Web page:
Japanese giant salamander

The Japanese giant salamander is classified as Near Threatened (NT), is close to qualifying for or is likely to qualify for a threatened category in the near future.

The Japanese giant salamander (Andrias japonicus) is endemic to Japan, where it is known as Ōsanshōuo (オオサンショウウオ/大山椒魚?), literally meaning "Giant Japanese pepper fish". With a length of up to almost 1. More

Reproduction: Japanese giant salamanders begin reproduction in late August, when herds congregate at nest sites. Males compete, viciously, with many dying due to injuries from fights. Females lay between 400 and 500 eggs in the fall, which may be fertilized by several males. More

Japanese Giant Salamanders grow up to 56 inches (142 cm) in length. With their bodies are flattened without external gills but typical lateral skinfolds for improved oxygen absorption. A. japonicus resemble their Chinese cousins. More

Japanese giant salamanders swim at the bottom of fast-moving streams. (Dave Jenike/Cincinnati Zoo) When you think of a salamander, you probably picture a small animal about the size of a human finger. More

The Japanese giant salamander (Andrias japonicus), for example, reaches up to 1.44 metres (4.7 ft), feeds on fish and crustaceans, and has been known to live for more than 50 years in captivity. The Chinese giant salamander (Andrias davidianus) can reach a length of 1. More

The Japanese giant salamander is the second largest salamander in the world, growing in length to a massive 1.5 metres. The largest is the Chinese giant salamander, which grows to 1.8 metres while most other salamanders are only 5–15 ... More

Description: A Japanese giant salamander is a very large aquatic salamander. The largest ever recorded in Hiroshima was 140cm TL. I heard that a specimen over 160cm was caught in Shiga Prefecture; that rumor remains to be confirmed. More

The Japanese giant salamander is found in the mountain-fed streams of southwestern Japan (western Hondo and northern Kyushu) at elevations of 200-1000 meters. Natural diet: This species eats fish and aquatic invertebrates. More

The Japanese giant salamander is now protected from international trade by its listing on Appendix I of the Convention of International Trade of Endangered Species (CITES) which hopefully will reduce the hunting threat facing this animal (4). More

The Japanese Giant Salamander is very similar to the Chinese Giant Salamander and differs from the latter by the arrangement of tubercles on the head and throat. These tubercles are larger and more numerous than in A. More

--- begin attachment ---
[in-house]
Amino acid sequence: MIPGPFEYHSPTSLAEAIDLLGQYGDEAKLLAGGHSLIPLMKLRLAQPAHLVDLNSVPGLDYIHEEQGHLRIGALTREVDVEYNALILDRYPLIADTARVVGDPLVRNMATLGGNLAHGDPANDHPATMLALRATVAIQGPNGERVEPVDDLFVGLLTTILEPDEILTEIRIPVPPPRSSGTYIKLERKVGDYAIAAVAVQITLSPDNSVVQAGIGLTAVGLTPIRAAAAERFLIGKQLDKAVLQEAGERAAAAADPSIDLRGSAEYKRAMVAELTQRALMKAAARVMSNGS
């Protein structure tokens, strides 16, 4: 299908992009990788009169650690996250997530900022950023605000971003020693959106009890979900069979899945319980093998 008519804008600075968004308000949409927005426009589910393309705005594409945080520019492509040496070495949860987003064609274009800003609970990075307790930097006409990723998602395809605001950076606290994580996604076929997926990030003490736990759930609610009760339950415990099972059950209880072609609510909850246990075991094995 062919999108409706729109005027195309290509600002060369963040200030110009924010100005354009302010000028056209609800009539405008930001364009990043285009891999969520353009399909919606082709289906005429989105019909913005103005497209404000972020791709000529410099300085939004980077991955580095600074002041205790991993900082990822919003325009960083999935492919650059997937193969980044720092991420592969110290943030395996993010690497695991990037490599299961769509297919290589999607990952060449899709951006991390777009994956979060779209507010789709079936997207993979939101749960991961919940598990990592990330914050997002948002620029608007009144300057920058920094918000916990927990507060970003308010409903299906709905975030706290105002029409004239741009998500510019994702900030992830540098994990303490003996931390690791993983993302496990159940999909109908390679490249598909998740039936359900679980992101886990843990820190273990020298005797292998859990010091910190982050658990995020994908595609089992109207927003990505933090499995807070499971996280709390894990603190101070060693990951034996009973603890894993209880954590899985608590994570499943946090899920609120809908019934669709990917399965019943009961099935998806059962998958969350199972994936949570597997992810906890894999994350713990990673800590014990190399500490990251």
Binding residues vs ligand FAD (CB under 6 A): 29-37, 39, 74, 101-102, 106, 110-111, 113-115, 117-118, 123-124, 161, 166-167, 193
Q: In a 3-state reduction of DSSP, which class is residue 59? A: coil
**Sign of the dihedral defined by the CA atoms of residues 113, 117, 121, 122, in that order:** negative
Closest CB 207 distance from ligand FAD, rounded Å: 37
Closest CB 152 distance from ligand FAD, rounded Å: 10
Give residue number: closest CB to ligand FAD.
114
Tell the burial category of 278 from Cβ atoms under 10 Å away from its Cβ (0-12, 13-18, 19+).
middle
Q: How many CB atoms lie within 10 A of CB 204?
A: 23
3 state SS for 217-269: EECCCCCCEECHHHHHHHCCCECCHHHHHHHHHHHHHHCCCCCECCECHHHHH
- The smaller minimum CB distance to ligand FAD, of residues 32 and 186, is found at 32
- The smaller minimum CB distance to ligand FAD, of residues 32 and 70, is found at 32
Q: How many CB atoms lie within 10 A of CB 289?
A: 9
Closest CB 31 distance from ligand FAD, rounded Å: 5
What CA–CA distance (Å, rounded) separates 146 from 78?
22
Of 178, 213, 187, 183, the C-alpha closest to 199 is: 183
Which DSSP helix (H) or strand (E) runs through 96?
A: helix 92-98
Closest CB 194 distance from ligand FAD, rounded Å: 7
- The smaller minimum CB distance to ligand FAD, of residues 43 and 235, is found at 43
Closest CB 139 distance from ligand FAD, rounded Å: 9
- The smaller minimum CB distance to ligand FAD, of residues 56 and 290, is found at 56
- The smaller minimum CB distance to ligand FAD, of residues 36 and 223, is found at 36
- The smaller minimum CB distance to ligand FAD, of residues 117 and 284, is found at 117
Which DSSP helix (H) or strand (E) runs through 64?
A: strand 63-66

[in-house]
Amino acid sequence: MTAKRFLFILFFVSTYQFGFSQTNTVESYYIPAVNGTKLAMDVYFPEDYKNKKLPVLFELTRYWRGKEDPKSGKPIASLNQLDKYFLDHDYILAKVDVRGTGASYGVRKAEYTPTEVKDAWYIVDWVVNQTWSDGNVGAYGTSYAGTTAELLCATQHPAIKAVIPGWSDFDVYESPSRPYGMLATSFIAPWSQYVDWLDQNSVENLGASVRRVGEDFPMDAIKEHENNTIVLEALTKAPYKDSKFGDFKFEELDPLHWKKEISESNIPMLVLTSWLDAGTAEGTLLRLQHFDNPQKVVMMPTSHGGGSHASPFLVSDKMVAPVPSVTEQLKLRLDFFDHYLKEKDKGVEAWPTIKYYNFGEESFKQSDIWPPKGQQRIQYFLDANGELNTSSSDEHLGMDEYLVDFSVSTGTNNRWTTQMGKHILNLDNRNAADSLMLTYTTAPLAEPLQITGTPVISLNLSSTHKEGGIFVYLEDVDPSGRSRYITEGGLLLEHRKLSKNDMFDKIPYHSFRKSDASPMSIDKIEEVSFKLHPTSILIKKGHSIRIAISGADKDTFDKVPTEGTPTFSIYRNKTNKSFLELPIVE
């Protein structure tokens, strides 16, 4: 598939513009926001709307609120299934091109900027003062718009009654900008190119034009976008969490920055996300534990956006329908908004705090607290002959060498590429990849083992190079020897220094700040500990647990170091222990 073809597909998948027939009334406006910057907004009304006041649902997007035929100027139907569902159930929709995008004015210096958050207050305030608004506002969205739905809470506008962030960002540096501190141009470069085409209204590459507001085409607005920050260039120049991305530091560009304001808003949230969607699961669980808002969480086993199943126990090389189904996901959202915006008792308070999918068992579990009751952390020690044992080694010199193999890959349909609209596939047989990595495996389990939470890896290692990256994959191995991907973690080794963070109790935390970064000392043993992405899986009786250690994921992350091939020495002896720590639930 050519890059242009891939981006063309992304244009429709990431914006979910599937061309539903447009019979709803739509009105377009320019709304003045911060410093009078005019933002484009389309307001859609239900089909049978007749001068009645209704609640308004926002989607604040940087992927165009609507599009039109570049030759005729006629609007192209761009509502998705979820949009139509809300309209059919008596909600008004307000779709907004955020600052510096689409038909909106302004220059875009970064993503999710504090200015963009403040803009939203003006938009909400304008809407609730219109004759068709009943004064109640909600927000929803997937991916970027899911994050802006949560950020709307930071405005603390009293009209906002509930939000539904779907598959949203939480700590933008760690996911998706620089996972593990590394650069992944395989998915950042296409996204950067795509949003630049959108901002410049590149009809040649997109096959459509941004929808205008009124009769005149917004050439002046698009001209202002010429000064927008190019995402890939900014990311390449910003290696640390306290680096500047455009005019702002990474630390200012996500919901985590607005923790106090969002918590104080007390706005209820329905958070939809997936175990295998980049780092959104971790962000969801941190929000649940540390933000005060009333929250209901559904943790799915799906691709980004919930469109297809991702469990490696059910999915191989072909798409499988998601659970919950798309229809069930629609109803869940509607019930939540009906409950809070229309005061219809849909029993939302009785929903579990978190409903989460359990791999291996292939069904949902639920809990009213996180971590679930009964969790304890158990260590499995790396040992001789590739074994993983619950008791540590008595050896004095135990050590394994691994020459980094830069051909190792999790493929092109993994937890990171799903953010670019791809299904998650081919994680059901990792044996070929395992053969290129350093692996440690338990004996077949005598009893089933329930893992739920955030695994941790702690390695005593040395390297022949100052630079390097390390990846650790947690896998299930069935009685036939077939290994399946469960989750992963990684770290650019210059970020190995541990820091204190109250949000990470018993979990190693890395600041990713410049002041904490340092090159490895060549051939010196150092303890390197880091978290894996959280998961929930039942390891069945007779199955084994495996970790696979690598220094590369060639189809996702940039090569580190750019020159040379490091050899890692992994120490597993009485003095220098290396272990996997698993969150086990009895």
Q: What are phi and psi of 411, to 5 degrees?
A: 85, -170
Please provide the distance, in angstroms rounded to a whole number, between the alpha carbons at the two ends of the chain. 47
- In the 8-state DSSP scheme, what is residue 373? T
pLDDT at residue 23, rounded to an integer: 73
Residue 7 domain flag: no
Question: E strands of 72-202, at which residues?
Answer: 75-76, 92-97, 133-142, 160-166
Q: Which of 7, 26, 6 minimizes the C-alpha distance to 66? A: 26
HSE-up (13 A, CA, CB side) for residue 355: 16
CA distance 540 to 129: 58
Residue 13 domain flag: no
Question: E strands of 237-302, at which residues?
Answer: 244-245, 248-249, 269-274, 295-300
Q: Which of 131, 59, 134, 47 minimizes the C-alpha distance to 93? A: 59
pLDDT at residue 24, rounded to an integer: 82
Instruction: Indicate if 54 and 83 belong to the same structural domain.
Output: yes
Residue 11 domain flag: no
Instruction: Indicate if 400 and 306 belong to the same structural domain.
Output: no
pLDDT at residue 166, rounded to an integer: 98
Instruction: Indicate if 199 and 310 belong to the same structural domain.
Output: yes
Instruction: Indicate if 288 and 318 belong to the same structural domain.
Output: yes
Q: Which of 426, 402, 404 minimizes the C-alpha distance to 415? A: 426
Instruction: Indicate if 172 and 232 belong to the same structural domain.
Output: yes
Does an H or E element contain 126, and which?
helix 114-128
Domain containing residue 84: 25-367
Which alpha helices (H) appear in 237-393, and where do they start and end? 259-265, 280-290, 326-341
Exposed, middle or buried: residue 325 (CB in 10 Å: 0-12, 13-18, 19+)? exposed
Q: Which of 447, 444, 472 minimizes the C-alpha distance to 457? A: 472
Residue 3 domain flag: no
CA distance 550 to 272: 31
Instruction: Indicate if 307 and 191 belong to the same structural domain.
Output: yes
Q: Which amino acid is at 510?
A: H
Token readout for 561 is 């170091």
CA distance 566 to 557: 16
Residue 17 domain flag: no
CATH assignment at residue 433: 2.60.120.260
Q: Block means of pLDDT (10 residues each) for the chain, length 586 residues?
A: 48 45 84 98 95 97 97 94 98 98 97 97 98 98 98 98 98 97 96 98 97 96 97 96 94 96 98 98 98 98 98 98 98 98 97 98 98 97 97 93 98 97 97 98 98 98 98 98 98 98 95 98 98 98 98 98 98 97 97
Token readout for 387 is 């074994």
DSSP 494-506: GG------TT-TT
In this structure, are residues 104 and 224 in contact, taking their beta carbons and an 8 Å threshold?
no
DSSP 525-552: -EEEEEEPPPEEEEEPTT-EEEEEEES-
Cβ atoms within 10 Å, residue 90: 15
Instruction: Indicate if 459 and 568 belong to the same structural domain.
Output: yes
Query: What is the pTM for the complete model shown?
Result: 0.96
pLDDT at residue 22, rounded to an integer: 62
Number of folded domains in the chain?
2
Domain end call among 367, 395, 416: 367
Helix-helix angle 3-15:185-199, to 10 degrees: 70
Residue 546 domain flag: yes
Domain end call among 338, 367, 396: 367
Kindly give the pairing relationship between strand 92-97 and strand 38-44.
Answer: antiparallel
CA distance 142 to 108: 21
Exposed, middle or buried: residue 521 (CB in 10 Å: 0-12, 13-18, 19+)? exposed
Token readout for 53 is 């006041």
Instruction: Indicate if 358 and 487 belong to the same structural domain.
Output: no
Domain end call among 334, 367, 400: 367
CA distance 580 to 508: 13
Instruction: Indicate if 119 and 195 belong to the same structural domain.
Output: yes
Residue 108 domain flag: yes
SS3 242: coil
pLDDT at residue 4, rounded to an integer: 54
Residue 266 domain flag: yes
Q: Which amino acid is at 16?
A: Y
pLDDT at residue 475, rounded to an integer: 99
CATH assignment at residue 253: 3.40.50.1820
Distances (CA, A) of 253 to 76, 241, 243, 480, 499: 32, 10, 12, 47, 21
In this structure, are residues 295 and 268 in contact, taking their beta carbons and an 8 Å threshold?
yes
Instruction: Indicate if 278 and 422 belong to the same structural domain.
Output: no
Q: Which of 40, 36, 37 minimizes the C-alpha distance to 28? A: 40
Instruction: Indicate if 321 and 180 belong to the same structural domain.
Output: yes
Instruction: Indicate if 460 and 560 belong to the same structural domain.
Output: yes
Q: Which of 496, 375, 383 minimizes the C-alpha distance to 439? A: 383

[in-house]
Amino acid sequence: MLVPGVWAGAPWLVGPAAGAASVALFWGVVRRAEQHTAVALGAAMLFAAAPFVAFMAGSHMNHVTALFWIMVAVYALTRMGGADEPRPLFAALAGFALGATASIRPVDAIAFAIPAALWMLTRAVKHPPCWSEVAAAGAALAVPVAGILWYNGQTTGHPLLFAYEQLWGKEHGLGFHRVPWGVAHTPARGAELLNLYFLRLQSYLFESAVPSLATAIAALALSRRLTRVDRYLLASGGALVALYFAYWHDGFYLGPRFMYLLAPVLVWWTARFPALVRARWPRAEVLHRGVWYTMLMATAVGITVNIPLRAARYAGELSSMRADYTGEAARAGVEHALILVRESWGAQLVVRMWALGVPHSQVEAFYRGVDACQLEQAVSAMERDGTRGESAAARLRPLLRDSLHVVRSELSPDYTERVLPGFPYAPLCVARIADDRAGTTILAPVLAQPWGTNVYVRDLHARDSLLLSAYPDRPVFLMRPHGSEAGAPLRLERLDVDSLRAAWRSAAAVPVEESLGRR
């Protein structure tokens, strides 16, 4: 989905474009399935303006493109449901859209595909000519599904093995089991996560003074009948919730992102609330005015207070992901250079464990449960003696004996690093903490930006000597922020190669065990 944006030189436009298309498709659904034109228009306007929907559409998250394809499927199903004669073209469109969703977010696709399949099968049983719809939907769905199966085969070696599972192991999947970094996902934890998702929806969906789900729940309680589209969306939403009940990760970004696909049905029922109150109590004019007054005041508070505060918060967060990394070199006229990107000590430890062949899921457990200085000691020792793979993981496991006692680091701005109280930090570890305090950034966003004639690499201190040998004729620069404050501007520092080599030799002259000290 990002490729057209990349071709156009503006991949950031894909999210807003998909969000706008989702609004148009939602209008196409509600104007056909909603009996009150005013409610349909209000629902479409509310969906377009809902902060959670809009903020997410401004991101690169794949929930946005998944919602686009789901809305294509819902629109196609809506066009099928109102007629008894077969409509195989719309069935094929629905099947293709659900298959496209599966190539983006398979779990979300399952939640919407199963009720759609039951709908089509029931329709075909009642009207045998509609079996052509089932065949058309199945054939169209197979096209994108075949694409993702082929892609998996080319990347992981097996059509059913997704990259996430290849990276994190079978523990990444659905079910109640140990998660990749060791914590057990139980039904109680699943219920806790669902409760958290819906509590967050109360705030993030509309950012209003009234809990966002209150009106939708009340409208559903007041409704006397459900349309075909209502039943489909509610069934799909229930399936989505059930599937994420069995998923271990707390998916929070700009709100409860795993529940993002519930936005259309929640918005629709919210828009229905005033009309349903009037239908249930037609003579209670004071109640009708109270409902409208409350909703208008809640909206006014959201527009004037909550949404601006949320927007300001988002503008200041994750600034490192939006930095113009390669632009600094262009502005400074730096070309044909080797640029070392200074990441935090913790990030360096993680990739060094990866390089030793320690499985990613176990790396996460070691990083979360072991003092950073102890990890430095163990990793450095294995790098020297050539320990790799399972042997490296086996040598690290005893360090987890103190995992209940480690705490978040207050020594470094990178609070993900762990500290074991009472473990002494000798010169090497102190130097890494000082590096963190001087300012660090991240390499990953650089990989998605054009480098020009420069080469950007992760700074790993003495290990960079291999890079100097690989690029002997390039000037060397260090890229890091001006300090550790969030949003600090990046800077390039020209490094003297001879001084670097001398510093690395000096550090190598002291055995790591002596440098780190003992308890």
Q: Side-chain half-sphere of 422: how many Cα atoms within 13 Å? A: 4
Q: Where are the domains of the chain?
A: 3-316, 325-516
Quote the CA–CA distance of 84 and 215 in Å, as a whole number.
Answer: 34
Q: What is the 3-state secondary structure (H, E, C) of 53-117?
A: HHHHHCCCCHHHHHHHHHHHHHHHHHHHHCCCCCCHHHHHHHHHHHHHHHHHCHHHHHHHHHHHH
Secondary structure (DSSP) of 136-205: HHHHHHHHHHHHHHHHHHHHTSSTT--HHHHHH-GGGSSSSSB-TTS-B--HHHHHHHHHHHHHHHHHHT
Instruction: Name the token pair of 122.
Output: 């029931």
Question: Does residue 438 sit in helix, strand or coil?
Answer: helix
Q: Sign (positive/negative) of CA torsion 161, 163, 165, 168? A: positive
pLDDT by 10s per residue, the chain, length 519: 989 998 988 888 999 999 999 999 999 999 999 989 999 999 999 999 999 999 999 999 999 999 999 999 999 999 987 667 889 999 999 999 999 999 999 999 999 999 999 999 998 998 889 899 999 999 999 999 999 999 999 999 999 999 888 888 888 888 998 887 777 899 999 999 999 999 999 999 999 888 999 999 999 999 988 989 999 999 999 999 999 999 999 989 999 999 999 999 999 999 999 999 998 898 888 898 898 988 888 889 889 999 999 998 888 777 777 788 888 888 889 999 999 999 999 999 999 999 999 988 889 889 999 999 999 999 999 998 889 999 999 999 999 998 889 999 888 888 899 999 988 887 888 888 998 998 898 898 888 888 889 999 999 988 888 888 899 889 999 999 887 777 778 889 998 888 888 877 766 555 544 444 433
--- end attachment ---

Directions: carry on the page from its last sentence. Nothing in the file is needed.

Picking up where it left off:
The Japanese Giant Salamander can be found in the islands of Kyushu, Honshu, and Shikoku in Japan. This salamander lives on the rivers in the mountainous areas. More

Latest acquisition: An official of the Smithsonian National Zoological Park in Washington holds a box containing a Japanese giant salamander in Hiroshima on Thursday before the amphibian was shipped to the U.S. More

precisely what is facing the Japanese giant salamander: loss of habitat. More

precisely what is facing the Japanese giant salamander: loss of habitat. Its sister species in China, by contrast, must contend most urgently with the wiles of poachers - hardly surprising, when the meat from an adult giant salamander can fetch upwards of $1,000 on the blackmarket. More

Japanese giant salamanders can grow up to 1.5m long, and are the second largest salamanders in the world. They can survive for weeks without eating, owing to their very slow metabolism. More

as well as Japanese Giant Salamanders and the closely related American Hellbender Nothing More in this Column! See?! Introduction | Habitat | Physiology and Behavior | Life Cycle | Conservation Status | Conservation Issues | Literature Cited More

importance of the Japanese giant salamanders in protecting global biodiversity. More

Japanese Giant Salamander Video - Nat Geo Wild - All Videos = The Japanese giant salamander has strange and unique adaptations, and is threatened by industry. More

Picture of Andrias japonicus has been licensed under a Creative Commons Attribution-Share Alike.
Original source: Wikimedia Commons
Permission: Some rights reserved
Order : Caudata
Family : Cryptobranchidae
Genus : Andrias
Species : japonicus
Authority : (Temminck, 1836)